The Jet-Driven Outflow In The Radio Galaxy SDSS J1517+3353: Implications For Double-Peaked Narrow-Line Active Galactic Nucleus
MetadataShow full item record
We report on the study of an intriguing active galaxy that was selected as a potential multiple supermassive black hole merger in the early-type host SDSS J151709.20+335324.7 (z = 0.135) from a complete search for double-peaked [O III] lines from the SDSS spectroscopic quasi-stellar object (QSO) database. Ground-based SDSS imaging reveals two blue structures on either side of the photometric center of the host galaxy, separated from each other by about 5.7 kpc. From a combination of SDSS fiber and Keck/HIRES long-slit spectroscopy, it is demonstrated that, in addition to these two features, a third distinct structure surrounds the nucleus of the host galaxy. All three structures exhibit highly ionized line emission with line ratios characteristic of Seyfert II active galactic nuclei. The analysis of spatially resolved emission-line profiles from the HIRES spectrum reveal three distinct kinematic subcomponents, one at rest and the other two moving at -350 km s(-1) and 500 km s(-1) with respect to the systemic velocity of the host galaxy. A comparison of imaging and spectral data confirm a strong association between the kinematic components and the spatial knots, which implies a highly disturbed and complex active region in this object. A comparative analysis of the broadband positions, colors, kinematics, and spectral properties of the knots in this system lead to two plausible explanations: (1) a multiple active galactic nucleus (AGN) produced due to a massive dry merger, or (2) a very powerful radio jet-driven outflow. Subsequent VLA radio imaging reveals a clear jet aligned with the emission-line gas, confirming the latter explanation. We use the broadband radio measurements to examine the impact of the jet on the interstellar medium of the host galaxy, and find that the energy in the radio lobes can heat a significant fraction of the gas to the virial temperature. Finally, we discuss tests that may help future surveys distinguish between jet-driven kinematics and true black-hole binaries. J1517+3353 is a remarkable laboratory for AGN feedback and warrants deeper follow-up study. In the Appendix, we present high-resolution radio imaging of a second AGN with double-peaked [O III] lines, SDSS J112939.78+605742.6, which shows a sub-arcsecond radio jet. If the double-peaked nature of the narrow lines in radio-loud AGNs are generally due to radio jet interactions, we suggest that extended radio structure should be expected in most of such systems.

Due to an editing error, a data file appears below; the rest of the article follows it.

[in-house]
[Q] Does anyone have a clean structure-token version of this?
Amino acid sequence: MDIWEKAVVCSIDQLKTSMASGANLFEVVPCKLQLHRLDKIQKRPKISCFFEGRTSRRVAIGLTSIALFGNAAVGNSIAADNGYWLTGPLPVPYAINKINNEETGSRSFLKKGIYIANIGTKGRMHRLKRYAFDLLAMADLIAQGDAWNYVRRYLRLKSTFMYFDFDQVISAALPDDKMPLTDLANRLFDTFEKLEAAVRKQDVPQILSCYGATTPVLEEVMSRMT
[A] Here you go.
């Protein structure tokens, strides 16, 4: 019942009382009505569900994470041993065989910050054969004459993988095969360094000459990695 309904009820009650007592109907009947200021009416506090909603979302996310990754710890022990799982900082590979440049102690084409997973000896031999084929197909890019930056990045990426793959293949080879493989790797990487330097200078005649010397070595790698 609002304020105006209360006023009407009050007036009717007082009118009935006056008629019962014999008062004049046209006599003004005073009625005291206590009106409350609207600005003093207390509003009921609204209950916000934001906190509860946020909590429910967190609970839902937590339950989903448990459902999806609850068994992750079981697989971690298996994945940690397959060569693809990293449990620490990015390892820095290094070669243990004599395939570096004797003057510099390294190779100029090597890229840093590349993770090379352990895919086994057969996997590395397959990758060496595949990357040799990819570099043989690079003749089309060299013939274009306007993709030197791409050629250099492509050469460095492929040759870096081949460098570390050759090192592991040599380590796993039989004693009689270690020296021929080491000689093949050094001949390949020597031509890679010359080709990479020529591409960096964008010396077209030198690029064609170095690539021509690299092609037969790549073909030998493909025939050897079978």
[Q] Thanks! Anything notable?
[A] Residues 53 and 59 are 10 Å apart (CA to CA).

CitationRosario, D. J., G. A. Shields, G. B. Taylor, S. Salviander, and K. L. Smith. "The Jet-driven Outflow in the Radio Galaxy SDSS J1517+ 3353: Implications for Double-peaked Narrow-line Active Galactic Nucleus." The Astrophysical Journal, Vol. 716, No. 1 (Nov., 2010): 131.
Showing items related by title, author, creator and subject.
Papovich, Casey; Bassett, Robert; Lotz, Jennifer M.; van der Wel, A.; Tran, K. V.; Finkelstein, Steven L.; Bell, Eric F.; Conselice, Christopher J.; Dekel, Avishai; Dunlop, J. S.; Guo, Y. C.; Faber, S. M.; Farrah, D.; Ferguson, Henry C.; Finkelstein, Keely D.; Haussler, Boris; Kocevski, D. D.; Koekemoer, A. M.; Koo, D. C.; McGrath, E. J.; McLure, R. J.; McIntosh, Daniel H.; Momcheva, I.; Newman, Jeffrey A.; Rudnick, Gregory; Weiner, B.; Willmer, Christopher N. A.; Wuyts, S. (2012-05)We discuss the structural and morphological properties of galaxies in a z = 1.62 proto-cluster using near-IR imaging data from Hubble Space Telescope Wide Field Camera 3 data of the Cosmic Assembly Near-IR Deep Extragalactic ...
Fisher, David B.; Drory, Niv (2011-06)We present an inventory of galaxy bulge types (elliptical galaxy, classical bulge, pseudobulge, and bulgeless galaxy) in a volume-limited sample within the local 11 Mpc sphere using Spitzer 3.6 mu m and Hubble Space Telescope ...
Konstantopoulos, I. S.; Gallagher, S. C.; Fedotov, K.; Durrell, P. R.; Heiderman, Amanda; Elmegreen, D. M.; Charlton, J. C.; Hibbard, J. E.; Tzanavaris, P.; Chandar, R.; Johnson, K. E.; Maybhate, A.; Zabludoff, A. E.; Gronwall, Caryl; Szathmary, D.; Hornschemeier, Ann E.; English, J.; Whitmore, B.; de Oliveira, C. M.; Mulchaey, J. S. (2010-11)The environment where galaxies are found heavily influences their evolution. Close groupings, like the ones in the cores of galaxy clusters or compact groups, evolve in ways far more dramatic than their isolated counterparts. ...